190. "Mrs. Carrie Smith - Moved to Franklin St. (Chester Garde)"
[1907 Directory: "Smith, Carrie D., widow of William M."]

191. "Walter Norton - Ice Cream - Roy Luce Candy - Now part of Cronig's Mkt."
[1907 Directory: "Norton, Walter, ice cream."]

192. "William H. Dewey - Hair Dresser - Lunch Room - Herb Stevens Lunch Room."
[1907 Directory: "Dewey, William H., hairdresser and lunch." Ad p. 112.]

193. "Alley Bros. Grocery -- (Cronig Brothers)"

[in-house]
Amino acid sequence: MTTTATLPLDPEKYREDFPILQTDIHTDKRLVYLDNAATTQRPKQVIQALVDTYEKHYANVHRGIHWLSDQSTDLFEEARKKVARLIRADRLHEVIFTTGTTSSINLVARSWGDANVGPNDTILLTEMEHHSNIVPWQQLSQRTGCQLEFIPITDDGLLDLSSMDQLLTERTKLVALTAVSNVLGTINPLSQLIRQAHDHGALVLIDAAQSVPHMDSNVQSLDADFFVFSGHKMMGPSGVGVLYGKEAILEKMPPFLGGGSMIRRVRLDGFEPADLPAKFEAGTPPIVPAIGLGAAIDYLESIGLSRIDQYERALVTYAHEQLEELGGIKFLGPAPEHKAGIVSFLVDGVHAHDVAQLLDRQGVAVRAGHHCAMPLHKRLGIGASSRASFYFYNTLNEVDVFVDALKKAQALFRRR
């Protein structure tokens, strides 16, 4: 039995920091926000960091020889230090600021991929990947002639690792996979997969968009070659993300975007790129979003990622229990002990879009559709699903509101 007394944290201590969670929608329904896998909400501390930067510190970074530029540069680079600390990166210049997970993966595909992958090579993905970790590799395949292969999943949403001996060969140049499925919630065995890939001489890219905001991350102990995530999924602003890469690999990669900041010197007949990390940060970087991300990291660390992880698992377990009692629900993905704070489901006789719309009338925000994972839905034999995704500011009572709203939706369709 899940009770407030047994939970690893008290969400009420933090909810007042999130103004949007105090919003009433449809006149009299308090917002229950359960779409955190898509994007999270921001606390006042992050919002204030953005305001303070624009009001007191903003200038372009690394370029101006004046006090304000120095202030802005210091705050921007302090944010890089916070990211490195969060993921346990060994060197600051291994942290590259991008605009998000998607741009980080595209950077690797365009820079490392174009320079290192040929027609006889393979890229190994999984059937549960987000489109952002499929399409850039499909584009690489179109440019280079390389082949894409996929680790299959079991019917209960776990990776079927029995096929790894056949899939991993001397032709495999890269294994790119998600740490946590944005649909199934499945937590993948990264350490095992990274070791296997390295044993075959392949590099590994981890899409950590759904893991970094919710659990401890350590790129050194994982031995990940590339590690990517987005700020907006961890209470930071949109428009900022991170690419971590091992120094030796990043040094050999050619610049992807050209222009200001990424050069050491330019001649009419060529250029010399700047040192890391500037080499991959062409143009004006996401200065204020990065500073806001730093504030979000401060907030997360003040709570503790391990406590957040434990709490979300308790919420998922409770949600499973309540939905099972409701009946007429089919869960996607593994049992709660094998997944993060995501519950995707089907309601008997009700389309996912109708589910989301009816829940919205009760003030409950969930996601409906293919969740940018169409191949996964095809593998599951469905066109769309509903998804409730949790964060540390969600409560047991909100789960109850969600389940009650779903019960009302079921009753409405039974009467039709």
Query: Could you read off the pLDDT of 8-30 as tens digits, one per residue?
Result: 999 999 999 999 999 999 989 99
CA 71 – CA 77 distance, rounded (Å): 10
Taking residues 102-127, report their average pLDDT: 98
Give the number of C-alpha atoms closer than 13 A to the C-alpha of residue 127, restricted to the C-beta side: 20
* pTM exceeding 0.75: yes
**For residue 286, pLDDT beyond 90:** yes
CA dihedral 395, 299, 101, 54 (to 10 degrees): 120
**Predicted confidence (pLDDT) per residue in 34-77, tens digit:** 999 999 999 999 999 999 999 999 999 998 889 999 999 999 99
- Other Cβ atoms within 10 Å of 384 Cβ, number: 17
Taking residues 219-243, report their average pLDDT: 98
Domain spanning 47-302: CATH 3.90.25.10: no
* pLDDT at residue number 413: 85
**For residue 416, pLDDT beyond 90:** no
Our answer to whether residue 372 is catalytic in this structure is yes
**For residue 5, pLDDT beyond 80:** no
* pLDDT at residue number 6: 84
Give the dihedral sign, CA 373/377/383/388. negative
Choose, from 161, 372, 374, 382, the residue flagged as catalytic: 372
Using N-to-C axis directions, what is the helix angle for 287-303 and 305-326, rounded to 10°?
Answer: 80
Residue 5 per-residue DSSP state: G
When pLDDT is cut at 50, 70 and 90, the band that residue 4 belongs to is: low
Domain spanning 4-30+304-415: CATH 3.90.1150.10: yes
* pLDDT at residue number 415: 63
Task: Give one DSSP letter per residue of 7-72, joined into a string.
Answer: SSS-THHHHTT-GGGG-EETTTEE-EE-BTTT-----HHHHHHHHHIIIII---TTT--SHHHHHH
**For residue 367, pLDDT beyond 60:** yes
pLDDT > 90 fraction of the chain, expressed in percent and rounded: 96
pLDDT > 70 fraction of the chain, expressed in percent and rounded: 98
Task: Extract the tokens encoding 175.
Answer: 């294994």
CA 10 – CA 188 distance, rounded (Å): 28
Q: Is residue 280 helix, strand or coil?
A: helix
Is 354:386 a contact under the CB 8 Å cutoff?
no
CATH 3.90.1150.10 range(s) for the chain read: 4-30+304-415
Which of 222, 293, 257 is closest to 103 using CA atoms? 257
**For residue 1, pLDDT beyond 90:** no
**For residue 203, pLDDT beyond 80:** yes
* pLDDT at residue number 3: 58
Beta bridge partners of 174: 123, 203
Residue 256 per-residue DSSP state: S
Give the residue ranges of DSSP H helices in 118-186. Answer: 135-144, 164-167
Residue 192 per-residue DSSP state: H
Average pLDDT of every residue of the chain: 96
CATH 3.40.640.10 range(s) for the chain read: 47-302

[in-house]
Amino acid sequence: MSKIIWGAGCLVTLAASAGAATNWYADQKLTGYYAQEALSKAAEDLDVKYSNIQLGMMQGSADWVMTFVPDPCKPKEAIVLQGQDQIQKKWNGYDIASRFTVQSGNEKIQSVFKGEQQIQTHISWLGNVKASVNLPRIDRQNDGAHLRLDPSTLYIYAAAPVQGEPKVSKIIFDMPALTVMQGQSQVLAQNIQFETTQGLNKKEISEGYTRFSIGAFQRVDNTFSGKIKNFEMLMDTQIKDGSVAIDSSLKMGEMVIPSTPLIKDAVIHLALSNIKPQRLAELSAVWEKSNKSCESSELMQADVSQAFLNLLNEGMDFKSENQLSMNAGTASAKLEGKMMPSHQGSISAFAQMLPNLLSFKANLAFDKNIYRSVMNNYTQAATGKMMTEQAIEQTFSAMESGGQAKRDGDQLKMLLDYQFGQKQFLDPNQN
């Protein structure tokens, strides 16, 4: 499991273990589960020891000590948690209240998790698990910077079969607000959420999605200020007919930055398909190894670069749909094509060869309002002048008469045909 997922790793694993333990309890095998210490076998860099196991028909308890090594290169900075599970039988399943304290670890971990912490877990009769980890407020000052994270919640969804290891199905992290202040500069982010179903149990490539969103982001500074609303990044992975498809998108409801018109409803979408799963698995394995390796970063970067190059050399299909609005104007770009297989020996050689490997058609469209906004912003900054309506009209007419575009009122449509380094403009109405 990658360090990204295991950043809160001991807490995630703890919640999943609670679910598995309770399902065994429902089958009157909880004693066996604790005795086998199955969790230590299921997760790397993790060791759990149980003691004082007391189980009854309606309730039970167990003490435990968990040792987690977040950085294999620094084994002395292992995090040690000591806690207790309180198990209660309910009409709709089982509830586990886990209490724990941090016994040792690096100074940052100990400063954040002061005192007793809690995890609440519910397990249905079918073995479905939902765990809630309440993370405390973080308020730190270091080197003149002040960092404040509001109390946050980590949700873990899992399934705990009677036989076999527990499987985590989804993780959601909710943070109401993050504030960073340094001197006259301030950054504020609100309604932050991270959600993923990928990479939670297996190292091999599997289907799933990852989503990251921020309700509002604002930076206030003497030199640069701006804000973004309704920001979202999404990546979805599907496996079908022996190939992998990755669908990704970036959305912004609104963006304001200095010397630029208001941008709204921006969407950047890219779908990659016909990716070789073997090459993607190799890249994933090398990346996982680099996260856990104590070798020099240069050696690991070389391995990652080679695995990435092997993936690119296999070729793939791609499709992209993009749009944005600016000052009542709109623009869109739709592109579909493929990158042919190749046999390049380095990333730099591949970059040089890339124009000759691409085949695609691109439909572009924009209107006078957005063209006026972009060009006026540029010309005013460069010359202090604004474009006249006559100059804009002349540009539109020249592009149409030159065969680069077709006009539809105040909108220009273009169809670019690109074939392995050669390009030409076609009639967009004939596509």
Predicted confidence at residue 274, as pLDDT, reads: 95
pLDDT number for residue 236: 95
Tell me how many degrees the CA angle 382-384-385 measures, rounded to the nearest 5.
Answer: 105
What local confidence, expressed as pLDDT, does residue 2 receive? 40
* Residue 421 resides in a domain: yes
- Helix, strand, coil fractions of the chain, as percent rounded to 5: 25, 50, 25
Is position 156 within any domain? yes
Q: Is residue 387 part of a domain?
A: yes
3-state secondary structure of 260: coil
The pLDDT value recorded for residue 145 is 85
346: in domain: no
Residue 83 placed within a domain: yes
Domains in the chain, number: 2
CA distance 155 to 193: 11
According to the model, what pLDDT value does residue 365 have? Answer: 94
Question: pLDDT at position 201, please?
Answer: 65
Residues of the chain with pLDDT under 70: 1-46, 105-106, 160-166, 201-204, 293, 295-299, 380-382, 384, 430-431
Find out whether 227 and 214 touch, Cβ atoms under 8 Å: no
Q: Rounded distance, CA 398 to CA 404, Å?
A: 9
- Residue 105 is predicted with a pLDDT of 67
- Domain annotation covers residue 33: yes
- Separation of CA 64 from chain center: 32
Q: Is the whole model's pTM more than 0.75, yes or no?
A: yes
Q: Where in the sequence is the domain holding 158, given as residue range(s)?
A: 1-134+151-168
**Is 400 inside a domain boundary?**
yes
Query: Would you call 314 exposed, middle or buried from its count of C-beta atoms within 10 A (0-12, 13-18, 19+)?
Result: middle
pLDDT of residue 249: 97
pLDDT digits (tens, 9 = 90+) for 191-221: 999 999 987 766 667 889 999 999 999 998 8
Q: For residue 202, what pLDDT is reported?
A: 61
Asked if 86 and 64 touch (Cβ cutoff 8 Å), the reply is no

(189, 191-193: "the Cronig Block. The former site of the Tashmoo Inn, it was moved by Henry Costello to North Main Street, just off of Tashmoo Avenue, and it burnt down, and I don't remember the year, but it was replaced by the Sandpiper Restaurant, which was built just about on the same site. At one time at Cronigs Block there was W. E. Godfrey Clothing. Then in the rear was a Mr. Sparrow. (Sparrow, like a bird.) A piano tuner. I recall seeing Mr. Sparrow on a bicycle. It was probably the first Smith motor wheel [?] on the Island. The wheel was fastened on the rear of the bicycle, right along side of the rear wheel. Old Mr. Sparrow was chugging along with his piano tools strapped onto the bicycle. Quite a sight! Also in that building was Dewey's Barber Shop. He was another colored barber. I went to school with his boy, Harold Dewey. I remember him well. The Barnacle Club was located there for awhile also. And Walter Norton had another ice cream parlor there. And Herbie Stephens opened a small short-order restaurant. Herbie was famous for his "Coot Stew." If you don't know what a "coot" is, it's a form of duck whose chief diet is fish, I believe. And unless they're cooked a certain way, why they're not very edible. And Herbie used to serve this "Coot Stew" and it was pretty good, I guess. He also had a sign stuck up over the front of the counter, said "Do not kid the coffee - you may be old and weak yourself one day." Quite a guy. George Carey also had an electric store there for a few years. Henry Cronig's office was there. Peakes & Lair's office was in the same office as Henry's, and on the end, towards the Bodfish House, was David Kolinsky's[?] clothing store.)